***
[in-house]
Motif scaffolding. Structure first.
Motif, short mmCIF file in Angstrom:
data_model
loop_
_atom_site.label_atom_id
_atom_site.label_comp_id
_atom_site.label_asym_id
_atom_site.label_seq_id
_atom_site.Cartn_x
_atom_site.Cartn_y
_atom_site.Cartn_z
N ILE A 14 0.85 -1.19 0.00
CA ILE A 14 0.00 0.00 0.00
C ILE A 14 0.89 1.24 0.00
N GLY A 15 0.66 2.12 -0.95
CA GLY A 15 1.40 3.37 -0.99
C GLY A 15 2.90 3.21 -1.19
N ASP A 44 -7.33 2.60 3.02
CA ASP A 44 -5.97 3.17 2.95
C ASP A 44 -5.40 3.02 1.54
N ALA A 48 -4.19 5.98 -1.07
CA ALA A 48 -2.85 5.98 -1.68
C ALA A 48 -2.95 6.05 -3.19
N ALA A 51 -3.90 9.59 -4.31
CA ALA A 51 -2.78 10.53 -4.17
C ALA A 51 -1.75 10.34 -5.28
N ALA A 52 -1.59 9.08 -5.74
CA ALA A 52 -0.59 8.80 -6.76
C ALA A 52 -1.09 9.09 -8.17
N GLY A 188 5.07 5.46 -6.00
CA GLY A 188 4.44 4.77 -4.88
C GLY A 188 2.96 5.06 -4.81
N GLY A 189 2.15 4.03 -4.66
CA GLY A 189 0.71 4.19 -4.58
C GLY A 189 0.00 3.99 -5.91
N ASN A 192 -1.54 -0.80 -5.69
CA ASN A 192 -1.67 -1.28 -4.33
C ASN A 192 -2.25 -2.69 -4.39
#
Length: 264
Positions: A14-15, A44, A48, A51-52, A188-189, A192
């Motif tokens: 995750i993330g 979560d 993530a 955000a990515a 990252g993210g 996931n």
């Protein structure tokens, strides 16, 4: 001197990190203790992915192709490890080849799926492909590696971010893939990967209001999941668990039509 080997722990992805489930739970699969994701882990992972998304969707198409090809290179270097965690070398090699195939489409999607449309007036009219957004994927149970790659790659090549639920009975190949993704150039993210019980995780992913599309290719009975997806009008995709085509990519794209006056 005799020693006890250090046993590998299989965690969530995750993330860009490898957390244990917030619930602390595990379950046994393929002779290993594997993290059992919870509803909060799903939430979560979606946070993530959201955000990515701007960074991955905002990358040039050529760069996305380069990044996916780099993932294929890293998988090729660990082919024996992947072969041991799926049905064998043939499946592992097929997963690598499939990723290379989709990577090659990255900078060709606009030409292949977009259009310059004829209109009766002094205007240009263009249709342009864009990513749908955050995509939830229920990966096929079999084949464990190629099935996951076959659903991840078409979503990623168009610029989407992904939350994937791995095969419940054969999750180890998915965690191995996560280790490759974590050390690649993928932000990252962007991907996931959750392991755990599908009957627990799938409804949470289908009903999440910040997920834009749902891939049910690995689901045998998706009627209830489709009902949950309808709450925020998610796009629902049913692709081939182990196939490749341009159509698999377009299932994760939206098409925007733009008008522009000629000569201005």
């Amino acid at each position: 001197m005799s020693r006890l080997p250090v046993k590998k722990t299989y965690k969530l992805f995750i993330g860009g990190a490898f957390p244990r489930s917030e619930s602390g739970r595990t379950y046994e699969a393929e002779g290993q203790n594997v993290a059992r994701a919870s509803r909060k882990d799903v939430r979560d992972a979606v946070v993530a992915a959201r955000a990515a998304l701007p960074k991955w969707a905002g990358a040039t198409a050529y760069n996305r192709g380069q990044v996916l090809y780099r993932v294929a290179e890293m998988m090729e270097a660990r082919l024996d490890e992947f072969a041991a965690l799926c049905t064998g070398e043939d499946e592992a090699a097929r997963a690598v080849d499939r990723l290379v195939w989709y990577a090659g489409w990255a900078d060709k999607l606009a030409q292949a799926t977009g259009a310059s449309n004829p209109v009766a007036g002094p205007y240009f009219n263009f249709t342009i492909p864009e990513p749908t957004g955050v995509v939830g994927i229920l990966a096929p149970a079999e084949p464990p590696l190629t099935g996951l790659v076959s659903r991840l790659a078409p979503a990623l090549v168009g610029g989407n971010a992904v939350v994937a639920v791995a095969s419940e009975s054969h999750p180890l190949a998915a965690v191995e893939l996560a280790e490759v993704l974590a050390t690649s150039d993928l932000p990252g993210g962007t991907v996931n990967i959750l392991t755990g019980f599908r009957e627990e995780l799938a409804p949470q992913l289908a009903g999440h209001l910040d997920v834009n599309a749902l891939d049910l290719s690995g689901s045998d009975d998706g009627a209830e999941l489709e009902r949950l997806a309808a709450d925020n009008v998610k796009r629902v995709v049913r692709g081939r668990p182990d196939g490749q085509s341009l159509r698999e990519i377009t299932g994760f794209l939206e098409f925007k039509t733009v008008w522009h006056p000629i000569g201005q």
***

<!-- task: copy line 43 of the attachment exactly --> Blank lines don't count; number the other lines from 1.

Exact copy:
């Motif tokens: 995750i993330g 979560d 993530a 955000a990515a 990252g993210g 996931n």